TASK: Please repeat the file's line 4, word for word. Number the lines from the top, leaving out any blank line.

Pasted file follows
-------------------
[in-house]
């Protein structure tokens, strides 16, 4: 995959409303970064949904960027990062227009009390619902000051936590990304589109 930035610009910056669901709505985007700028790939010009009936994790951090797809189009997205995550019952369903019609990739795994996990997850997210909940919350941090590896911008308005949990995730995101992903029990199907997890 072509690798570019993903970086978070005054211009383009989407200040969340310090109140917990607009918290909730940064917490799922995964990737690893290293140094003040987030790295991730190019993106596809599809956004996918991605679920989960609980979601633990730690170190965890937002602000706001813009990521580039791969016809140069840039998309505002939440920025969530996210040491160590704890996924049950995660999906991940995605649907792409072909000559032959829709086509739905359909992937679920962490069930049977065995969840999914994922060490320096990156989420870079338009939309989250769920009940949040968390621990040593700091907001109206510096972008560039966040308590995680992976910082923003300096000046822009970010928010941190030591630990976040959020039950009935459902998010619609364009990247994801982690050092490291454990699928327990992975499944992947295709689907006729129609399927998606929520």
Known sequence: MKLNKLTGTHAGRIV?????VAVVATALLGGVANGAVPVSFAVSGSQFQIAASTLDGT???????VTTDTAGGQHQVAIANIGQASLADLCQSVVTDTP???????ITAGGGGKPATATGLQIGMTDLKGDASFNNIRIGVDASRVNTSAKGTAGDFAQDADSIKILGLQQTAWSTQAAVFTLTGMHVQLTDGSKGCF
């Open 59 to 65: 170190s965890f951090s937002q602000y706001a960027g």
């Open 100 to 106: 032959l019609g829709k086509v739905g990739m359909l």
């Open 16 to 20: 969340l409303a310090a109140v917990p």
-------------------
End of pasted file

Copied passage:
């Open 59 to 65: 170190s965890f951090s937002q602000y706001a960027g």